It is the Roaring Twenties, and America is in trouble. Immigrants are pouring in, with their foreign ways, and their foreign foods. It was a threat to public health. Public health workers and private concerned citizens alike labored to convince these new immigrants to abandon their native foods and homogenize into milquetoast blandness. How? With milk, toast, pabulum, and other pale, bland, overcooked foods. This effort was not met with universal delight by the immigrants in question.
One woman, Bertha M. Wood, decided this approach was... not racist, but ineffective. She studied different ethnic groups so that she could develop a set of recipes for each group. These recipes were intended to be within spitting distance of each ethnicity's traditional foods, but stripped down of anything suspicious. Like flavor. And spices. And color.
|Gee, thanks Bertha.|
Hey, at least she made an effort. That's pretty forward-thinking for 1922.
With that in mind, by modern standards, this cookbook is really racist. It seems to be written for health workers and charities, and each section has a preface outlining what each ethnicity is like. Yikes. The section on Mexicans is particularly condescending. Let's take a look!
*They are not a people who love academic work, but they enjoy any educational training which develops the use of their hands. Their interest lies largely in music, flowers, and the arts.
*To look at their homes, one would think that they were decidedly unsanitary. This is not necessarily so, but depends almost entirely upon the water supply.
*The people are responsive to right treatment, although suspicious, but not necessarily unstable. Their suspicious nature handicaps efforts to get their cooperation. They are responsive only to the degree that they understand the motives.
*The prevalent idea is that Mexicans are very deceitful. This may be so if their suspicions are aroused; otherwise they are no more deceitful than any other nationality. They are extremely courteous, and in their way cooperative.
*When not too highly seasoned, Mexican dishes are very tasty.
*Only lack of variety and the use of hot flavors keep their food from being superior to that of most Americans.
*Undernourished and malnourished children are frequently found in Mexican families. They are served with the same foods as the adults, foods highly spiced, with a large amount of fat added, or corn meal fried in fat. Bland foods are quite unknown in their dietary.
*As the Mexicans come north or intermarry, it would be better for the children and adults to learn to eat the simpler foods of the American people, boiled or baked, with less spice and fat.
*Any nurse or dietitian can persuade them to use cereals or baked or boiled fish and meats and vegetables, if they gradually reduce the amount of tomato or pepper for flavor until it becomes a bland dish, easier to digest and not harmful to the kidneys.
4 cups water
1 green pepper
1/2 cup rice
2 tablespoons salt
Cut up chicken and boil in salted water with chopped green pepper. When chicken is done, remove and add rice to liquid. Cook until soft.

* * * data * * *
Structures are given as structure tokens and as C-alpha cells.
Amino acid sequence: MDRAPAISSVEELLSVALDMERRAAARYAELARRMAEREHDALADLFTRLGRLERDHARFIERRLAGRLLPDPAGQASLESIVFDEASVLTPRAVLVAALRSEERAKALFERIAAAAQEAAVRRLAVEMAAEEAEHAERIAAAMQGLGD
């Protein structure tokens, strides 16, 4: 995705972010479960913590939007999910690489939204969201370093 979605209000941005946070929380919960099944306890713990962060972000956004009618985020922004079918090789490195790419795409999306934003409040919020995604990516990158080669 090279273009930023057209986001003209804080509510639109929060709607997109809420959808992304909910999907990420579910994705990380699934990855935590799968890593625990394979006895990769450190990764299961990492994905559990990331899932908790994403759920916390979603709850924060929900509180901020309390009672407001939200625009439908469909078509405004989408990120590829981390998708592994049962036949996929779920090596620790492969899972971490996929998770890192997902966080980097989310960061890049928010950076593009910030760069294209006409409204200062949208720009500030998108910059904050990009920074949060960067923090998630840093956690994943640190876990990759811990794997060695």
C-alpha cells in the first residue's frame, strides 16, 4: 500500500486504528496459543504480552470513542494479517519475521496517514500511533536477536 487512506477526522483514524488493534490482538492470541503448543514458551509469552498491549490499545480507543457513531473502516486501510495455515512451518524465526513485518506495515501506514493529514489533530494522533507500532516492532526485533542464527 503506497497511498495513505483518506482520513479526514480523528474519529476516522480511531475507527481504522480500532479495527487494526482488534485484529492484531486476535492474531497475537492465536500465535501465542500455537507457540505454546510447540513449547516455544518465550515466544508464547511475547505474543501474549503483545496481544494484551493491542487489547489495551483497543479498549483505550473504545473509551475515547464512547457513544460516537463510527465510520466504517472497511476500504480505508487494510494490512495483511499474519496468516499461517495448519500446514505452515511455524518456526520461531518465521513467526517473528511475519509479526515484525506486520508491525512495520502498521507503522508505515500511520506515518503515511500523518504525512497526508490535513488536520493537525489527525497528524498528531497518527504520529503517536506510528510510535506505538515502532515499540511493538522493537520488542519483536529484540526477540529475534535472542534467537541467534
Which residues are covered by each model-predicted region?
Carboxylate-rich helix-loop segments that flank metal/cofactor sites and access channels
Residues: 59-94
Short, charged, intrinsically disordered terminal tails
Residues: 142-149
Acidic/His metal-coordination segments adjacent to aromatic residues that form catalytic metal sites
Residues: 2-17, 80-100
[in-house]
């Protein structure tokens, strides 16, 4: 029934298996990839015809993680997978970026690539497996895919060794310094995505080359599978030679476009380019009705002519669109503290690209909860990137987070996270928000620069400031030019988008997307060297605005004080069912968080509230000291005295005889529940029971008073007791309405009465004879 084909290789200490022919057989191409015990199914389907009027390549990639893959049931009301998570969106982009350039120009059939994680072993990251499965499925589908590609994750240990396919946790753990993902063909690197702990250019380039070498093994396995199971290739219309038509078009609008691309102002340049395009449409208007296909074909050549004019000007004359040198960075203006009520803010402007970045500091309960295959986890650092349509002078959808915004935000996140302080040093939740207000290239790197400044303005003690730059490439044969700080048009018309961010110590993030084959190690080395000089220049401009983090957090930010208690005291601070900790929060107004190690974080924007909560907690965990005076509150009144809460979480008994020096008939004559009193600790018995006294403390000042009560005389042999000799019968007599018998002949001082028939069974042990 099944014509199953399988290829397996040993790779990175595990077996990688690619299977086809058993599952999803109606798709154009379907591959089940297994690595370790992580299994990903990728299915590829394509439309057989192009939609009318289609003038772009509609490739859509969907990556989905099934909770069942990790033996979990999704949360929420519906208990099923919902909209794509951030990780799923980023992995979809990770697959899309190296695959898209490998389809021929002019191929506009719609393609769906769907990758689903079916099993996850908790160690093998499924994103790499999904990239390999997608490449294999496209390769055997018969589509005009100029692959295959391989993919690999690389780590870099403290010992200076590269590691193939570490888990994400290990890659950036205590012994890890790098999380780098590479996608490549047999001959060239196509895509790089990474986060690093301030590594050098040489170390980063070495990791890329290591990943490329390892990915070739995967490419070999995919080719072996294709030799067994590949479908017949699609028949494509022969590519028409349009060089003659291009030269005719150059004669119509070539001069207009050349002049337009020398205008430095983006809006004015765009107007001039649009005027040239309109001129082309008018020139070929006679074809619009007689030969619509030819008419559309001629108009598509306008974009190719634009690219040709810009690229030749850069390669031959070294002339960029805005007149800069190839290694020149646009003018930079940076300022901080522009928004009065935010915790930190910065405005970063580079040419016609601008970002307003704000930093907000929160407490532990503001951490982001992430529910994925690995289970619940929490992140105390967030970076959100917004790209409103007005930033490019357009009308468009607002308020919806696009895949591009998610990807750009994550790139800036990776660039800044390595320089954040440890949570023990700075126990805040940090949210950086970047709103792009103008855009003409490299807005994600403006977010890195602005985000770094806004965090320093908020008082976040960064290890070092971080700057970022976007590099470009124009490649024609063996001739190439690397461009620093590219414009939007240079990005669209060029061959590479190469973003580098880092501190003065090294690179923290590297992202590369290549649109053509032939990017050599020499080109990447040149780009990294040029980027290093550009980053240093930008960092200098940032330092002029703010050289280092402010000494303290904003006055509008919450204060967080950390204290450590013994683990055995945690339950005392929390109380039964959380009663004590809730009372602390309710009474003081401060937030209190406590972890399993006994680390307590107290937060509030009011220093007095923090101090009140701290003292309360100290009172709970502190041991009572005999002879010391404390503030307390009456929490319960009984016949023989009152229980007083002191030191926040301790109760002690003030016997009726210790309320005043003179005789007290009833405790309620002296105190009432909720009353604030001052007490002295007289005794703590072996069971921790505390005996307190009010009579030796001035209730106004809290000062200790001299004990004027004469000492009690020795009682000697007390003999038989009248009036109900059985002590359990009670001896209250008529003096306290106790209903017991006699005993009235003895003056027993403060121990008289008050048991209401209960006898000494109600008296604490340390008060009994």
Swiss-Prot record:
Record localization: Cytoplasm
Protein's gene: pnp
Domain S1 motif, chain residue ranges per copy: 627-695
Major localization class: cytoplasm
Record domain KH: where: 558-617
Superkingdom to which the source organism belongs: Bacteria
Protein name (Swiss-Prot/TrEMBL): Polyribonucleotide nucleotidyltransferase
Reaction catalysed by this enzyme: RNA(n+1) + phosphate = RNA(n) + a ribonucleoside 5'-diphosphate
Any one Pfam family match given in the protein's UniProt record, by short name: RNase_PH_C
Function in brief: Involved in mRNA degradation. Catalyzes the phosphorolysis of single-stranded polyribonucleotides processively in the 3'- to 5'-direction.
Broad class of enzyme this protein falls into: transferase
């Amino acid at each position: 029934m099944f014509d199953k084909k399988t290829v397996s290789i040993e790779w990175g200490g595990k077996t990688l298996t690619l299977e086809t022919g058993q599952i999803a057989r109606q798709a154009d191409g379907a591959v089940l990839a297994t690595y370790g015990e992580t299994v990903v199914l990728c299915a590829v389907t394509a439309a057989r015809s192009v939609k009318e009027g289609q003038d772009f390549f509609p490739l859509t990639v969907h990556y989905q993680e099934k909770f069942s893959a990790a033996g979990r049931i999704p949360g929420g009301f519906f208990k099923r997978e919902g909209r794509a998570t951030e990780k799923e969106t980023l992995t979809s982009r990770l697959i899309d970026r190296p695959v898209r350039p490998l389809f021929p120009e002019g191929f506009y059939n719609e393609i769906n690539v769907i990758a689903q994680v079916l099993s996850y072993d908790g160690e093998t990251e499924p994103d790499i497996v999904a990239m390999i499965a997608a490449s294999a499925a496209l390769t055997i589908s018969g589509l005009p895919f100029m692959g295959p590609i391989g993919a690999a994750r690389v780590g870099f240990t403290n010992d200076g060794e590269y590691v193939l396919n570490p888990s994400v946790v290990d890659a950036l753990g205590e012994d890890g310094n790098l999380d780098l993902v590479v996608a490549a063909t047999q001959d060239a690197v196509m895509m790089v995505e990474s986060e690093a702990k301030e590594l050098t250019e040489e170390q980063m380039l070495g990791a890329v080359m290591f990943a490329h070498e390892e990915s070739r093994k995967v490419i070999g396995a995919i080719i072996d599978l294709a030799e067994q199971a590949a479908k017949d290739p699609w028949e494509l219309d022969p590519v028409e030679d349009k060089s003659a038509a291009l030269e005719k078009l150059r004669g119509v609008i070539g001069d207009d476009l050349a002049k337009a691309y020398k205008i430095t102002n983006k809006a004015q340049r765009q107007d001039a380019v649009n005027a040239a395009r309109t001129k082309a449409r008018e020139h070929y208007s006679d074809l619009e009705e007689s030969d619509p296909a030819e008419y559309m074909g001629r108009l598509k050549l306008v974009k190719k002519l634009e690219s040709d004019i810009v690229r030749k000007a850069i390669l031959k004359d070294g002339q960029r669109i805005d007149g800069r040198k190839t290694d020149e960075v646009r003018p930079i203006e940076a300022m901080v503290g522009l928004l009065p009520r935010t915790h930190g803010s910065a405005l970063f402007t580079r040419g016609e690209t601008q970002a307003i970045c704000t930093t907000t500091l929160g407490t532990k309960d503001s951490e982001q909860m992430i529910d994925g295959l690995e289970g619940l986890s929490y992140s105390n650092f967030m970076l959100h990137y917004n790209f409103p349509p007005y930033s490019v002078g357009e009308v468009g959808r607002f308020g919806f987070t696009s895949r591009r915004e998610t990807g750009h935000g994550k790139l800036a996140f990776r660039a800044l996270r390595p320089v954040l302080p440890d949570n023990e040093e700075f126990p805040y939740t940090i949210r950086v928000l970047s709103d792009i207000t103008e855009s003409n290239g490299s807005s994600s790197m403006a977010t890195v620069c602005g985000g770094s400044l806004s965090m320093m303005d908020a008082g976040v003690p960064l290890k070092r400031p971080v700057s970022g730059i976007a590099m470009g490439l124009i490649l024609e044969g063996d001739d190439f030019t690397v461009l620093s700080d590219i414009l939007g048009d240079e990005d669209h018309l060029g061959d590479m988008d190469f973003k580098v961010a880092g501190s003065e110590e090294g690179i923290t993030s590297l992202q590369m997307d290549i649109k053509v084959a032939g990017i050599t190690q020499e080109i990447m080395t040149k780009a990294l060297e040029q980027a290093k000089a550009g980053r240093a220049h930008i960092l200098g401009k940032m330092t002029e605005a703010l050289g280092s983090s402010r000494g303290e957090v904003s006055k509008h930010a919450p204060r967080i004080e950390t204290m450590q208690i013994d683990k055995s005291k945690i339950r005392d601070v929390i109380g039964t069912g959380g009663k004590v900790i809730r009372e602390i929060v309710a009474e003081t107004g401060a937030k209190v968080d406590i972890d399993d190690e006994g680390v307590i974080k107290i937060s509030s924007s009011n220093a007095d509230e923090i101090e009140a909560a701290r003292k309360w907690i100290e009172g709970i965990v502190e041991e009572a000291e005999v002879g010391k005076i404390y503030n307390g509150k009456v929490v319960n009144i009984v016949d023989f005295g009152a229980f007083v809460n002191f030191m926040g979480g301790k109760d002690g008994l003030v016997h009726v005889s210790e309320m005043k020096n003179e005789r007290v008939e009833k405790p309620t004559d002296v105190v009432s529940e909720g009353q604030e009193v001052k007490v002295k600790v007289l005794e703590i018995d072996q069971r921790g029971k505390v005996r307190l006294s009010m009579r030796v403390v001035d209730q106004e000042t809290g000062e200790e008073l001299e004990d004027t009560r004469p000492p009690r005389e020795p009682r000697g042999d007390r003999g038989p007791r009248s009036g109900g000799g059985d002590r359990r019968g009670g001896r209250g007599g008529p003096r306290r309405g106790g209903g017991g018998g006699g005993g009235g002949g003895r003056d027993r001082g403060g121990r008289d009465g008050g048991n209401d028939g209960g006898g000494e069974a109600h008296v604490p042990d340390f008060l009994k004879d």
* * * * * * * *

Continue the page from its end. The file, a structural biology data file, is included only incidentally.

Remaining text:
We know that the soup doesn't actually include the chicken, because this is the next recipe:
Baked Chicken and Rice
Make as Chicken Soup, adding chicken, cut in dice, to rice drained from soup. Brown in oven.
Verdict: I used white rice and one can of mild green chiles, because it seemed most appropriate. It... it wasn't great. Before giving it to my family, I added chicken, black beans, lime juice, a packet of taco seasoning (yes I see the irony), and sour cream. I also added cheese on top. Much better!
*When the Mexicans intermarry with Americans, the result of the cross dietary is that often there is double the amount of fat taken at a meal by the American. The Mexicans put their fat into the food, while the American puts his on the food. Therefore if he eats bread and butter, or potatoes with butter and green peppers fried in oil and rice, he is getting more fat than a Mexican would get. He would eat his bread without butter, and would not eat potato and butter with peppers and rice.
Well, she's not clearly not wrong on that one. Tex-Mex is not known for being low-fat. Whatever. Cheesy refried beans are one of the best things on the planet.
I asked a friend whose family emigrated from Mexico to look over the Mexican section, as I don't know a lot about the subject. He said many things, including, "Is this how they invented Taco Bell?" as well as, "Peanut butter doesn't go in pork tamales." and ended with a some pointed remarks about Bertha M. Wood as a person. He said at very least, this soup should have tomatoes and some kind of spices added.
Fun fact for Americans: Did you know that there is a stereotype in the rest of the world that Americans put cheese on absolutely everything?
Fun fact for non-Americans: It is 100% true. If this meets with your disapproval, please refer to Prince Hal above.
In conclusion: thanks, immigrants! Your culinary contributions have made my life a lot more delicious. That said, we will steal your food, and we will melt cheese on it. The melting pot of America is actually fondue.